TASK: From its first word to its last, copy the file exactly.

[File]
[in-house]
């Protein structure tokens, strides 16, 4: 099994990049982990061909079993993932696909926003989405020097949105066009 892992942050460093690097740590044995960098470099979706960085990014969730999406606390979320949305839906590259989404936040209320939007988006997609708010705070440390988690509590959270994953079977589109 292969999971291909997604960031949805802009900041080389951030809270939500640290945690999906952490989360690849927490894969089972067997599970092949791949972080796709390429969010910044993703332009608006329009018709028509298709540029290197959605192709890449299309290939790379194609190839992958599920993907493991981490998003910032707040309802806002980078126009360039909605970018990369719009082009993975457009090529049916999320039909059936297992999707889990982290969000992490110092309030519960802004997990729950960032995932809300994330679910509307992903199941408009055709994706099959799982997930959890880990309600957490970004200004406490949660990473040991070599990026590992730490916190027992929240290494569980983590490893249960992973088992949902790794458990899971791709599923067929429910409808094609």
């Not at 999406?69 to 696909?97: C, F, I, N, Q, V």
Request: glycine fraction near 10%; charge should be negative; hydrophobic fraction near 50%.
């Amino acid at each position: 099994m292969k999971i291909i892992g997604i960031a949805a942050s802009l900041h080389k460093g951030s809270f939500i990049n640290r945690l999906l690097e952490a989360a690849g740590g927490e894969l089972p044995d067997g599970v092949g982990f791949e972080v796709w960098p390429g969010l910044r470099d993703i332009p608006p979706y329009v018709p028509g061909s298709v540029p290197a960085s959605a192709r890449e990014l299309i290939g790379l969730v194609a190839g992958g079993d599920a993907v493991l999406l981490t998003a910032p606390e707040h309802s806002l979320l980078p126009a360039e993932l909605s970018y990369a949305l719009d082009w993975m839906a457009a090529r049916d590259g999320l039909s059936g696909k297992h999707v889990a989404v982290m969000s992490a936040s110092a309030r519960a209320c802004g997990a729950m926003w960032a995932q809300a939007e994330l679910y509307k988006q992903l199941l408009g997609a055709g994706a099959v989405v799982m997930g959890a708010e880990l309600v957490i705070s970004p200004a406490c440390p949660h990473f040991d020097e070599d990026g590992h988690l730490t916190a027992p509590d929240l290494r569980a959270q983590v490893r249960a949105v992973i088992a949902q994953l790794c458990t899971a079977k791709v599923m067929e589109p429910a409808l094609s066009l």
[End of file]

[in-house]
């Protein structure tokens, strides 16, 4: 099994990049982990061909079993993932696909926003989405020097949105066009 892992942050460093690097740590044995960098470099979706960085990014969730999406606390979320949305839906590259989404936040209320939007988006997609708010705070440390988690509590959270994953079977589109 292969999971291909997604960031949805802009900041080389951030809270939500640290945690999906952490989360690849927490894969089972067997599970092949791949972080796709390429969010910044993703332009608006329009018709028509298709540029290197959605192709890449299309290939790379194609190839992958599920993907493991981490998003910032707040309802806002980078126009360039909605970018990369719009082009993975457009090529049916999320039909059936297992999707889990982290969000992490110092309030519960802004997990729950960032995932809300994330679910509307992903199941408009055709994706099959799982997930959890880990309600957490970004200004406490949660990473040991070599990026590992730490916190027992929240290494569980983590490893249960992973088992949902790794458990899971791709599923067929429910409808094609």
């Not at 999406?69 to 696909?97: C, F, I, N, Q, V």
Request: glycine fraction near 10%; charge should be negative; hydrophobic fraction near 50%.
């Amino acid at each position: 099994m292969k999971i291909i892992g997604i960031a949805a942050s802009l900041h080389k460093g951030s809270f939500i990049n640290r945690l999906l690097e952490a989360a690849g740590g927490e894969l089972p044995d067997g599970v092949g982990f791949e972080v796709w960098p390429g969010l910044r470099d993703i332009p608006p979706y329009v018709p028509g061909s298709v540029p290197a960085s959605a192709r890449e990014l299309i290939g790379l969730v194609a190839g992958g079993d599920a993907v493991l999406l981490t998003a910032p606390e707040h309802s806002l979320l980078p126009a360039e993932l909605s970018y990369a949305l719009d082009w993975m839906a457009a090529r049916d590259g999320l039909s059936g696909k297992h999707v889990a989404v982290m969000s992490a936040s110092a309030r519960a209320c802004g997990a729950m926003w960032a995932q809300a939007e994330l679910y509307k988006q992903l199941l408009g997609a055709g994706a099959v989405v799982m997930g959890a708010e880990l309600v957490i705070s970004p200004a406490c440390p949660h990473f040991d020097e070599d990026g590992h988690l730490t916190a027992p509590d929240l290494r569980a959270q983590v490893r249960a949105v992973i088992a949902q994953l790794c458990t899971a079977k791709v599923m067929e589109p429910a409808l094609s066009l």